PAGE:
The Suppression of the African Slave-Trade to the United States of America (The Oxford W. E. B. Du Bois)

The Suppression of the African Slave-Trade to the United States of America (The Oxford W. E. B. Du Bois)

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The Suppression of the African Slave-Trade to the United States of America (The Oxford W. E. B. Du Bois) by W. E. B. Du Bois

W. E. B. Du Bois was a public intellectual, sociologist, and activist on behalf of the African American community. He profoundly shaped black political culture in the United States through his founding role in the NAACP, as well as internationally through the Pan-African movement. DuBois's sociological and historical research on African-American communities and culture broke ground in many areas, including the history of the post-Civil War Reconstruction period. Du Bois was also a prolific author of novels, autobiographical accounts, innumerable editorials and journalistic pieces, and several works of history. The Suppression of the African Slave Trade to the United States of America, 1638-1870, W. E. B. Du Bois's groundbreaking monograph, recounts the moral failures and missed opportunities of the American Revolution and the consequences of compromising with slavery. As Du Bois's first published work and doctoral dissertation, Suppression lays the groundwork for his early commitment to the study of the African American experience. At the time of its publication in 1896, Du Bois's monograph was at the forefront of developments in historiography, embodying a new, empirical approach to history. Suppression is integral to understanding Du Bois's early theories and his evolution into a leading scholar and activist. With a series introduction by editor Henry Louis Gates, Jr., and an introduction by Saidiya Hartman, this edition is essential for anyone interested in African American history.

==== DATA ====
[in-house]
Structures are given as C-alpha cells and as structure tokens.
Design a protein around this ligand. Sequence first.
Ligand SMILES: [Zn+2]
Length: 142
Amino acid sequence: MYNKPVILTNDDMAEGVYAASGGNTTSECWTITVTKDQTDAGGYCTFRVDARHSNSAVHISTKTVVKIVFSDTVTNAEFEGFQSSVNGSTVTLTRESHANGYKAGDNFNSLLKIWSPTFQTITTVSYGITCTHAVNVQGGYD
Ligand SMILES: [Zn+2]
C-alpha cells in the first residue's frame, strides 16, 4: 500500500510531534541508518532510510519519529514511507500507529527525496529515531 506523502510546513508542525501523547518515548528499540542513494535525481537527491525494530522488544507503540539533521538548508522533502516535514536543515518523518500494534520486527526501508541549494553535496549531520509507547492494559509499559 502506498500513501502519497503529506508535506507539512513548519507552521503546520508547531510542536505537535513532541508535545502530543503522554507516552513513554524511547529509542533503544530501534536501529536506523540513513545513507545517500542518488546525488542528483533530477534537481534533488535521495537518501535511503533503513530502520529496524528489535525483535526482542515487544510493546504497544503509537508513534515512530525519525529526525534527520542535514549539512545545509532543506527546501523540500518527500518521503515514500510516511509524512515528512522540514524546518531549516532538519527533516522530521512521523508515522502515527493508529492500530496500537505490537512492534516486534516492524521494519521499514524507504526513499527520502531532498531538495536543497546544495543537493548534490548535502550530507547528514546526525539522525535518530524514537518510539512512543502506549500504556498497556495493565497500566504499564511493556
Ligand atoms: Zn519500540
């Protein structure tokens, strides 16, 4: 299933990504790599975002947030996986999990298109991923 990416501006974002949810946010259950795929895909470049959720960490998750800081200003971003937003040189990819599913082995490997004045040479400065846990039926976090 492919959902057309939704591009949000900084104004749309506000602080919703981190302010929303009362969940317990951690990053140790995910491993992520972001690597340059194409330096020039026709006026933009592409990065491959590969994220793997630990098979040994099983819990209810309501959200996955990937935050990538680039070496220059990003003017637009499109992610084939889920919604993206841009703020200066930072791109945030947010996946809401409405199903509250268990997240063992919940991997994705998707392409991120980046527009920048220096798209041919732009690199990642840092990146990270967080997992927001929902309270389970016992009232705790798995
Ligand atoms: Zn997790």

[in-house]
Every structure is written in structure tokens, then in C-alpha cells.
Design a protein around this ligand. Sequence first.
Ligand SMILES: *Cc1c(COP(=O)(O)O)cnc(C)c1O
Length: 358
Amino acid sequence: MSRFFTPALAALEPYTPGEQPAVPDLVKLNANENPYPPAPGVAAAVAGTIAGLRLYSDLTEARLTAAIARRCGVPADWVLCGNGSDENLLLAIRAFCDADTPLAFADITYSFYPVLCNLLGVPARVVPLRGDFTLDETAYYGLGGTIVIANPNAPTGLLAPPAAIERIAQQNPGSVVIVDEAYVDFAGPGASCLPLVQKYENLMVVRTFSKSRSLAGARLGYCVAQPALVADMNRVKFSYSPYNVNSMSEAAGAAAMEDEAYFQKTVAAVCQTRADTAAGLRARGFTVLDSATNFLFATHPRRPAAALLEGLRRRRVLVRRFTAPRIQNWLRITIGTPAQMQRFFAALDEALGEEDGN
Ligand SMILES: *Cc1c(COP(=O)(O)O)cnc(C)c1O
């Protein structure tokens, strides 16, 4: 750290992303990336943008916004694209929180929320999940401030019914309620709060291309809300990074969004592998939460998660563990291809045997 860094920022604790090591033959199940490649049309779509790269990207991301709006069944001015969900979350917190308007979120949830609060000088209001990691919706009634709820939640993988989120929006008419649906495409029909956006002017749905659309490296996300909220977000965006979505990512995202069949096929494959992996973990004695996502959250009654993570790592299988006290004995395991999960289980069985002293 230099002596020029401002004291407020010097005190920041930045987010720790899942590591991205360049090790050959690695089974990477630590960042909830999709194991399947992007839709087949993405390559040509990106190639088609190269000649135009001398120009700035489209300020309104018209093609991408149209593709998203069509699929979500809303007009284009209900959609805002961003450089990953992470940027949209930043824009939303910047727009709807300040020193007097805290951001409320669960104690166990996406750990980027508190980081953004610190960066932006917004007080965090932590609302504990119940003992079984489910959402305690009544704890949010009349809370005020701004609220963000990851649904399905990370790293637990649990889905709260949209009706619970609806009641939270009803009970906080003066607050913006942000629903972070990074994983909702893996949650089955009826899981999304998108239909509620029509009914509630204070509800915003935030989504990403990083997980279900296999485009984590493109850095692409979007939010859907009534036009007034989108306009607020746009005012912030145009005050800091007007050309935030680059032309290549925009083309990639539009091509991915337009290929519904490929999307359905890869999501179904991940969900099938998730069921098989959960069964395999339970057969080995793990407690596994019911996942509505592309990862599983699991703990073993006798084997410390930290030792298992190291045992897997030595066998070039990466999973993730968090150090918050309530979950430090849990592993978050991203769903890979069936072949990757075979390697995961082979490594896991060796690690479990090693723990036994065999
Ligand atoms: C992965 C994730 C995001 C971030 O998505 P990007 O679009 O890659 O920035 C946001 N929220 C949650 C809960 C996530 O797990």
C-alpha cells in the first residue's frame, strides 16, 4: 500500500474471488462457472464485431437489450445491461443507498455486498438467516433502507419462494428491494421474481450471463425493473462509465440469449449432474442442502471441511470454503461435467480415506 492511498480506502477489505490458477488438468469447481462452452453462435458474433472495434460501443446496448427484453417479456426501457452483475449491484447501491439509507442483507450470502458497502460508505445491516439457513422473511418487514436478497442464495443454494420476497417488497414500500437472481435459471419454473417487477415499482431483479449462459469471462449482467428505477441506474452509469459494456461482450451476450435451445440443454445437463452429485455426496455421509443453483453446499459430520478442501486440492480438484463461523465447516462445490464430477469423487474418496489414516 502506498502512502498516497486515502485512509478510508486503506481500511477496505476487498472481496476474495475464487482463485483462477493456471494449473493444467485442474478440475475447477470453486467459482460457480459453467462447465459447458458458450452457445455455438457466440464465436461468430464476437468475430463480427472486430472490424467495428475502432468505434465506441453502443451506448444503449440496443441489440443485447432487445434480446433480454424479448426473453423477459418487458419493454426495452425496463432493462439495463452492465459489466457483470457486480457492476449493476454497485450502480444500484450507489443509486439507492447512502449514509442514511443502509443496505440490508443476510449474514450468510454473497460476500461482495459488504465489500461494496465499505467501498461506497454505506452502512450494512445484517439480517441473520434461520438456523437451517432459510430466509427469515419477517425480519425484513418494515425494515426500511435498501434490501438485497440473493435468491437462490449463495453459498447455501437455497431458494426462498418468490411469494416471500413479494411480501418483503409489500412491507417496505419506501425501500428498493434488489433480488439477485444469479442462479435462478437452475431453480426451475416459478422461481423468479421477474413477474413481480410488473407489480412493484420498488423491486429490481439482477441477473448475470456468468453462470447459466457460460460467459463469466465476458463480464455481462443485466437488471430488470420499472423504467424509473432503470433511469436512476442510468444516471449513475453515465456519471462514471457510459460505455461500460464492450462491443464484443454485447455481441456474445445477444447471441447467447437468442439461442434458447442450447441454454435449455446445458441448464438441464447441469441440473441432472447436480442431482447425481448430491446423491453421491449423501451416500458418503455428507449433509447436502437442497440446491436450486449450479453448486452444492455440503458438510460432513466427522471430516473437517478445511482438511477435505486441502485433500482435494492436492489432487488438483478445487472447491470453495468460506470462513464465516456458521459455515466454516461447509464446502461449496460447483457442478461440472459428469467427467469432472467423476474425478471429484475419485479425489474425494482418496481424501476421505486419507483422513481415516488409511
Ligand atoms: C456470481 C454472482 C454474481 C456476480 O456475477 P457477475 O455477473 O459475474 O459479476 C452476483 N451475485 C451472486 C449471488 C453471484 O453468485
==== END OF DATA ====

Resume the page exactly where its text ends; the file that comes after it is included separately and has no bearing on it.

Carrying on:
Product Details

ISBN-13: 9780199384365
Publisher: Oxford University Press
Publication date: 02/01/2014
Sold by: Barnes & Noble
Format: NOOK Book
Sales rank: 1,047,249
File size: 1 MB

About the Author

Henry Louis Gates, Jr., is the Alphonse Fletcher University Professor and Director of the W. E. B. Du Bois Institute for African and African American Research at Harvard University. He has edited several major reference works, including Dictionary of African Biography, African American Lives, Africana, and African American National Biography. In addition, he is Editor in Chief of the Oxford African American Studies Center (

Table of Contents

Series Introduction: The Black Letters on the Sign Introduction Preface Introductory The Planting Colonies The Farming Colonies The Trading Colonies The Period of the Revolution, 1774-1787 The Federal Convention, 1787 Toussaint L'Overture and Anti-Slavery Effort, 1787-1806 The Period of Attempted Suppression, 1807-1825 The International Status of the Slave-Trade, 1783-1862 The Rise of the Cotton Kingdom, 1820-1850 The Final Crisis, 1850-1870 The Essentials in the Struggle Appendix A: A Chronological Conspectus of Colonial and State Legislation Restricting the African Slave-Trade, 1641-1787 Appendix B: A Chronological Conspectus of State, National, and International Legislation, 1788-1871 Appendix C: Typical Cases of Vessels Engaged in the American Slave-Trade, 1619-1864 Appendix D: Biblography Index William Edward Burghardt Du Bois: A Chronology Selected Bibliography

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